It is with sadness that I report the sudden loss of our donkey, “Zeke”. He was the leader of the pack on our farm. But, it is with celebration that I write this blog. What a true and trusted friend he was! Every morning he would honk and bray from a distance when the back door knob was even slightly turned. He led the horses to and from the barn to breakfast and dinner. When danger approached in the form of a dog or unfamiliar human, he would come challenge or investigate while the horses ran in the opposite direction. If you carried an apple or carrot treat, he was first one there to pick-pocket the contents. If you held a pitchfork, he would demand a back scratch.
When leaving the house for the barn at dawn, he would call to alert us and the horses it was time to eat. In response, Afton, our large All American dog would howl back in response that we were on the way with food.
He would challenge a horse 2-3 times his size to playful combat. His low center of gravity gave him an unsuspected advantage for nipping belly’s and legs. And, his bite or kick to an unsuspecting dog gave him total respect and wide birth. Any christened K-9 always knew where Zeke was. Otherwise, he would sneak up on a distracted dog When we received Zeke on the farm 16 years ago, he quickly learned friendly cars (ours) to the occasional visitor. If he did not recognize you, he would come after the car successfully biting several bumpers before a driver could get a way. Once, after a long walk, I snuck up from tree to tree towards the barn. The horses worried but Zeke charged and challenged me before I could indicate who I was. My biggest fear is that I would show up in the local newspaper badly kicked and bitten, and my ego bruised by a donkey.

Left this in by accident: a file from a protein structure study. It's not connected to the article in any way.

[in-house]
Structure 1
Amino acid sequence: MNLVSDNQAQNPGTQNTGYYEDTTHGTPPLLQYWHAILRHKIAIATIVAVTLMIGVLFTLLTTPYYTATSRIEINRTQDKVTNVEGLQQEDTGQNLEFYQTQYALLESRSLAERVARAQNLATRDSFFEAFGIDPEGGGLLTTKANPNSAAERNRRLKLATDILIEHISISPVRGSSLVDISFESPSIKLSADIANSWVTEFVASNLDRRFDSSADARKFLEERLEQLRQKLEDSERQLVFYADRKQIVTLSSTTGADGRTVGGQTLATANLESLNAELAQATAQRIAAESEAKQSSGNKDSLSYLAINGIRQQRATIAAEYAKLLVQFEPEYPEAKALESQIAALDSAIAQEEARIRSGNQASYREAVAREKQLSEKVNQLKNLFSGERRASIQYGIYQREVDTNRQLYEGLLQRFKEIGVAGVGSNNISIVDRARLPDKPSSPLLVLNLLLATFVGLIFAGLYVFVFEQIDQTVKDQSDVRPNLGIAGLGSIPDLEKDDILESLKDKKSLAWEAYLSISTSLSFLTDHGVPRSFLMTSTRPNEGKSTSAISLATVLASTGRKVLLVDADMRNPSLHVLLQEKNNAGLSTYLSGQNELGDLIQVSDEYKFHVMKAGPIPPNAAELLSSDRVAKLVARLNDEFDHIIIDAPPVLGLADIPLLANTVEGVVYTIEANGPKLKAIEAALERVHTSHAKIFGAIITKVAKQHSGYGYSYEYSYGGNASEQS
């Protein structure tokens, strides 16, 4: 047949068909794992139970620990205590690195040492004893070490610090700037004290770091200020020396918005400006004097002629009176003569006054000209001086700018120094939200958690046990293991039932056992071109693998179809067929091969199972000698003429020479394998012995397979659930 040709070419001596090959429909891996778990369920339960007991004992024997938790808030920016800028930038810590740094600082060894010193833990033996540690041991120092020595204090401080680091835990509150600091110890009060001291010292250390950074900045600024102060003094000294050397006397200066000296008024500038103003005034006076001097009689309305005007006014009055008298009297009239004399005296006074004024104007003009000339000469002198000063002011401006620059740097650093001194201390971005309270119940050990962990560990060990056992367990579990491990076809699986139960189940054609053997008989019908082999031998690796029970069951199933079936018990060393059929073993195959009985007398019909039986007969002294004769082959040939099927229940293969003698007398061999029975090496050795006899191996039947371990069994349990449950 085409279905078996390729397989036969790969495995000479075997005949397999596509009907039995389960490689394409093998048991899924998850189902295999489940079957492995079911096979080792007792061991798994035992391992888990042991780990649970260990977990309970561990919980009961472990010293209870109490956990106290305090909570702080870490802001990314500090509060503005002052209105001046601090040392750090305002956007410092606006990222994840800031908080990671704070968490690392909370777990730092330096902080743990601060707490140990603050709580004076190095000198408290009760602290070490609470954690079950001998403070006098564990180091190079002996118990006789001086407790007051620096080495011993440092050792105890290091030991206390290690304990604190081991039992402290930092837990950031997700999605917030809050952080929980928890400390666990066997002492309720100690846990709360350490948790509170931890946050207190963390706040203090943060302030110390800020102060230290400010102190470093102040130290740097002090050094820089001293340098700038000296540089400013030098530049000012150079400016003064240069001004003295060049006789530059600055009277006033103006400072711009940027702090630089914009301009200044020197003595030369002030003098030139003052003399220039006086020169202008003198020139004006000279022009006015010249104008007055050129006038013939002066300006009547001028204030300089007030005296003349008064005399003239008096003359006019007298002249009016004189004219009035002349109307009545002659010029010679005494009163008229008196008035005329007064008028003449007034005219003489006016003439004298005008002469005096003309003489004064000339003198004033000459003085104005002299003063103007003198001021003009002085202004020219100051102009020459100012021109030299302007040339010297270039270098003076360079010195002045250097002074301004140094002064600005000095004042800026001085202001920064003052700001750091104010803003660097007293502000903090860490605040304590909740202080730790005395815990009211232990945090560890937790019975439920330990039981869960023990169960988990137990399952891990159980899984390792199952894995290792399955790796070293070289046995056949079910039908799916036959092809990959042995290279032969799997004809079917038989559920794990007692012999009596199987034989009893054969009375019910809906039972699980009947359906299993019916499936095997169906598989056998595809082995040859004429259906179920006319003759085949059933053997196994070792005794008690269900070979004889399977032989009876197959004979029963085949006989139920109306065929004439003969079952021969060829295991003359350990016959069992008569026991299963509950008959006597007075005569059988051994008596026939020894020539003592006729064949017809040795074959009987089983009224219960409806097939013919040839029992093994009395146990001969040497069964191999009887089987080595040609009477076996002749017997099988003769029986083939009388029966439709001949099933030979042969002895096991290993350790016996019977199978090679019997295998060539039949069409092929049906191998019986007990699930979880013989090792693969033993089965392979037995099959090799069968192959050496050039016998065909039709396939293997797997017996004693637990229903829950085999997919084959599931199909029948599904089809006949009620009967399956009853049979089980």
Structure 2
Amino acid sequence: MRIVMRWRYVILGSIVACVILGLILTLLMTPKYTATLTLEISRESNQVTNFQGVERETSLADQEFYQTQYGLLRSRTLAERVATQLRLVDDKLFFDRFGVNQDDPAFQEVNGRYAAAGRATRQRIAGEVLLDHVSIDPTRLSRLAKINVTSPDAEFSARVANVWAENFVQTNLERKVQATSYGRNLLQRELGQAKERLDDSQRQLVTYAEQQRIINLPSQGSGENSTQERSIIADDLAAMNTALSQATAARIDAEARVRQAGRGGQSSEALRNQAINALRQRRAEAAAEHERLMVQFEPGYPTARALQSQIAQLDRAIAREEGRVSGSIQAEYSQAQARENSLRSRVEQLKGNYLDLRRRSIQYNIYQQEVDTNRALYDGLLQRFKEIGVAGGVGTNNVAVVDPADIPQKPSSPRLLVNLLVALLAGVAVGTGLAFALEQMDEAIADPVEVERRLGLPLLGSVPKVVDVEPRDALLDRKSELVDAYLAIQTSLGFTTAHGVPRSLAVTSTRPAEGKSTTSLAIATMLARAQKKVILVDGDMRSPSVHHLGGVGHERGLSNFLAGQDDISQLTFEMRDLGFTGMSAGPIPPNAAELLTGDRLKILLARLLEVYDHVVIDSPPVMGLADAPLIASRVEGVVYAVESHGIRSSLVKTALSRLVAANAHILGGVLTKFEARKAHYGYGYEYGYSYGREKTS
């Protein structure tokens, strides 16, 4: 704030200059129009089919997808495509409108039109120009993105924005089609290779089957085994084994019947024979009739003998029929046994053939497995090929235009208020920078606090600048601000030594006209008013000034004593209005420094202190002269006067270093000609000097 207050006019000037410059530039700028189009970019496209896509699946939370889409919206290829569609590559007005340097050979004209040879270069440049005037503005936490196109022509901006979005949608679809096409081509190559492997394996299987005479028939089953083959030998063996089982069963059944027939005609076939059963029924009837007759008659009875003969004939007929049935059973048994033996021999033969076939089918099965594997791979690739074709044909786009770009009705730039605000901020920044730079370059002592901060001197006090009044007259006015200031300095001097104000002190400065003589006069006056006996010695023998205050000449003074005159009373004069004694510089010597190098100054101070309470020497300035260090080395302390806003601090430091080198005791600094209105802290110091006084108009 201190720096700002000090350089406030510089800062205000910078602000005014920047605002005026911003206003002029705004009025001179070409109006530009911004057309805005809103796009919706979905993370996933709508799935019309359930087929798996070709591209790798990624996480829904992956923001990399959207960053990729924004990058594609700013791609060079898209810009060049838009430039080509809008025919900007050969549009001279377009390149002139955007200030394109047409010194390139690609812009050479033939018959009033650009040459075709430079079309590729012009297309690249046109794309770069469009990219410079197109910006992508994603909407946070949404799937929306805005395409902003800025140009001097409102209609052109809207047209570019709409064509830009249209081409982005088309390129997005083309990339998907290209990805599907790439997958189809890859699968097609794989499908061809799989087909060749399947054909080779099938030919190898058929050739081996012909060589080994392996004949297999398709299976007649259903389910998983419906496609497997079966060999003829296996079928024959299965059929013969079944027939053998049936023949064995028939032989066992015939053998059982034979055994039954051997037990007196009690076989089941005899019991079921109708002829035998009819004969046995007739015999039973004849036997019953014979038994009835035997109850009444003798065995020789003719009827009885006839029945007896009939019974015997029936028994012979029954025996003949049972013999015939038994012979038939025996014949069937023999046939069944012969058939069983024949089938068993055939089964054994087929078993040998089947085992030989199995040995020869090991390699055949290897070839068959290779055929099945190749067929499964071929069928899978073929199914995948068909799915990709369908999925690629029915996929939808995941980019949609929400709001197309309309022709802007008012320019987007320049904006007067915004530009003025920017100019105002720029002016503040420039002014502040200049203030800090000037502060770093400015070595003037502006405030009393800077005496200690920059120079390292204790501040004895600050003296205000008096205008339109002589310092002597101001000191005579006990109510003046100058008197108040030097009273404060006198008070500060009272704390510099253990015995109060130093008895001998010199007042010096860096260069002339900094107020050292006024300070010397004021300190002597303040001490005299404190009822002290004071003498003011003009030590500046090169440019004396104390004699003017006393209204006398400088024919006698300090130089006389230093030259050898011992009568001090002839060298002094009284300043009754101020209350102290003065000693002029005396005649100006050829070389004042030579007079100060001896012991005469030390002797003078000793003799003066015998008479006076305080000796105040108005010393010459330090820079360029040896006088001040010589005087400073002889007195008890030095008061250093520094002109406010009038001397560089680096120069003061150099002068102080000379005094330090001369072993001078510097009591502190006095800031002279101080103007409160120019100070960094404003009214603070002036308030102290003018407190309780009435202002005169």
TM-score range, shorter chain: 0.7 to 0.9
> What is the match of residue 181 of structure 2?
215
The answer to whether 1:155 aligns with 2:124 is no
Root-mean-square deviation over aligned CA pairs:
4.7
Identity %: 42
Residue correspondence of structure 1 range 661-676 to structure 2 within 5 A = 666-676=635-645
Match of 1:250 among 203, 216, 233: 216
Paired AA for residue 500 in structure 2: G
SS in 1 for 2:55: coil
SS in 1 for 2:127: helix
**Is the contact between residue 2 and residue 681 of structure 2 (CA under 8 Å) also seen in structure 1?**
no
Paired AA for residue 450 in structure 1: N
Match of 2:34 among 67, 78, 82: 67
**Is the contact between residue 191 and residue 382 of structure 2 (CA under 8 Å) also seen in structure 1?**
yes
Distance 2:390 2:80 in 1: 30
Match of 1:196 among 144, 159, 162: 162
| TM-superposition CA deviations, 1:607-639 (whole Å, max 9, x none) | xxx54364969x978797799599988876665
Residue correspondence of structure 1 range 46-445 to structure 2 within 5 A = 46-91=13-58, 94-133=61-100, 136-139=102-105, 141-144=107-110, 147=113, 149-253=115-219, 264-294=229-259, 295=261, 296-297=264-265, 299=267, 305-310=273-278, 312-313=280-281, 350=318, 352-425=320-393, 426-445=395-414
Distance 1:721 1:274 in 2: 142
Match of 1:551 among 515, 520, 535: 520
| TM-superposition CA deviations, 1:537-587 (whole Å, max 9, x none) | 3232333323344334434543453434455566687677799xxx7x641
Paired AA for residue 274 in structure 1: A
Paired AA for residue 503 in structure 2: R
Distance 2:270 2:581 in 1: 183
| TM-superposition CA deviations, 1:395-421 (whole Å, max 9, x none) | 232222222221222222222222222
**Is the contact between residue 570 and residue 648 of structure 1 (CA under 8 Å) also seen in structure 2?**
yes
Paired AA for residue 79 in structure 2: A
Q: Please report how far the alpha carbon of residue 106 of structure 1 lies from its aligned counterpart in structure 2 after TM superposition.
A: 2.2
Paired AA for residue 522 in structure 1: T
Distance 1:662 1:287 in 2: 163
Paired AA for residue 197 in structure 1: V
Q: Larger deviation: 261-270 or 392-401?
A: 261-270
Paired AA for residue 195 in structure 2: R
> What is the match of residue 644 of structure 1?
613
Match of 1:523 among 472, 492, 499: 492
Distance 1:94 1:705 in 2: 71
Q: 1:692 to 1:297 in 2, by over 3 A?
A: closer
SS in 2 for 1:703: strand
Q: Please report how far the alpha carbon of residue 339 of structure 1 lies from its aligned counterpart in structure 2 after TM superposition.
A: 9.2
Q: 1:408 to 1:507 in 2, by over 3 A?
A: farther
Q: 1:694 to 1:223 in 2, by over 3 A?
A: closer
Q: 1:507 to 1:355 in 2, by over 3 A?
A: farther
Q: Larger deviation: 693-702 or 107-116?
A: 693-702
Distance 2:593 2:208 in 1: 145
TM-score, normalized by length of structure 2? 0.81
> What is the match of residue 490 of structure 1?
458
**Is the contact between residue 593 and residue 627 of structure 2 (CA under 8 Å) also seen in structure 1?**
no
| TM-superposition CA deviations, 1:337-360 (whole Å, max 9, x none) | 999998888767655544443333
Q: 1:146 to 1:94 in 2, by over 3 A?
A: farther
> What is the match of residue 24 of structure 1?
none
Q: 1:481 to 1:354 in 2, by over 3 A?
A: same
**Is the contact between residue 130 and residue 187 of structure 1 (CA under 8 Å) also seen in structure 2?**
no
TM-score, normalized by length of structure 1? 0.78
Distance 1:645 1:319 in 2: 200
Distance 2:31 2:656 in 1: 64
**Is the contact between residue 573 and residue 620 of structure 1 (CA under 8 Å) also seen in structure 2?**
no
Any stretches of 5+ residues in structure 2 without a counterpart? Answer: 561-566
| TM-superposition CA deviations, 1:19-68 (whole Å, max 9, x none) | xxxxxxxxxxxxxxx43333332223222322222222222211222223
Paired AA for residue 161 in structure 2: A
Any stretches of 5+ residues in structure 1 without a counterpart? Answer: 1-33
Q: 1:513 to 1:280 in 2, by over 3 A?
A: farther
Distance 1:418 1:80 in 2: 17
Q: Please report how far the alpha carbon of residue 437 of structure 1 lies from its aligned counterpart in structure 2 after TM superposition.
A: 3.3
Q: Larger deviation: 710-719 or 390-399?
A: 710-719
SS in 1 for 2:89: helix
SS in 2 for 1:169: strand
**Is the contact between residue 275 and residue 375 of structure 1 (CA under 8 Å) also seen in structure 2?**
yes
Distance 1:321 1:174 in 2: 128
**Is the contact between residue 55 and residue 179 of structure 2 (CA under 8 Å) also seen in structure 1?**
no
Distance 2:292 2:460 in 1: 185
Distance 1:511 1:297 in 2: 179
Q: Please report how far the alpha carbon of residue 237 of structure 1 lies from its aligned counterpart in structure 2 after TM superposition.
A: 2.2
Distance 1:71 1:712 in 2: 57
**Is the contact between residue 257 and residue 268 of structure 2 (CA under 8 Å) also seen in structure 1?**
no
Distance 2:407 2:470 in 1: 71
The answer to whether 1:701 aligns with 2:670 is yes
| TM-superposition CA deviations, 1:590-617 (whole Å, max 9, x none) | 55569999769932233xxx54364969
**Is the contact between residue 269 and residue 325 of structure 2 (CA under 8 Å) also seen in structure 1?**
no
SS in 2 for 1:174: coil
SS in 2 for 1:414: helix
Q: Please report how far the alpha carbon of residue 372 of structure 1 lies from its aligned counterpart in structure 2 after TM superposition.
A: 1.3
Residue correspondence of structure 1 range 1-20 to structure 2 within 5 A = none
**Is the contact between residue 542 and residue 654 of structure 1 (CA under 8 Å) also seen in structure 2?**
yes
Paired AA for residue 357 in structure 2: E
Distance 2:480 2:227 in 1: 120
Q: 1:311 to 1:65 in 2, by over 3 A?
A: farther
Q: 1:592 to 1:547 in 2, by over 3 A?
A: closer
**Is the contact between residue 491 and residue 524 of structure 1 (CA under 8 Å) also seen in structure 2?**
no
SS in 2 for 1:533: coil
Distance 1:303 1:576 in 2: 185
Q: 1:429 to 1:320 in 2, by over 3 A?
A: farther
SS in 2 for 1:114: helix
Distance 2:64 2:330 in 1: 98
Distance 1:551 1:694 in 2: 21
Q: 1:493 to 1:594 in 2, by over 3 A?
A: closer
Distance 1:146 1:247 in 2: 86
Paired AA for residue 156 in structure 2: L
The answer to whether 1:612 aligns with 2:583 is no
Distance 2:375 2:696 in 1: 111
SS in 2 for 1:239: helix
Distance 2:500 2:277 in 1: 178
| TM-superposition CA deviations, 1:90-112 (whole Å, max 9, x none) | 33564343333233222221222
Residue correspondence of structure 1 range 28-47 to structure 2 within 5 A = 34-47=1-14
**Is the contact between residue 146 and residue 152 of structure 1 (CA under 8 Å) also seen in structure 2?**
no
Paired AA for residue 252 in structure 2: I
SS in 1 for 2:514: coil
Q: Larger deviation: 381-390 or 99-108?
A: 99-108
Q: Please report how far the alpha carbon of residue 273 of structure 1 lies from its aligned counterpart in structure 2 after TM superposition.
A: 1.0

He could unlock a barn door or open a gate with ease. He could weather any storm. He could play jokes on the other horses or on unsuspecting humans by sneaking up to them in the dark. If you sat at the barn door to relax and enjoy the view while the animals all fed, he would imperceptibly back up and try to get rubbed first and then literally try to sit his 400 lbs. on your lap. He saw the dogs do it, he figured he could to.
He was the court jester, the entertainer, and was in charge. He has been a reminder of why we so like the country life and the farm. The morning is so quite without his call.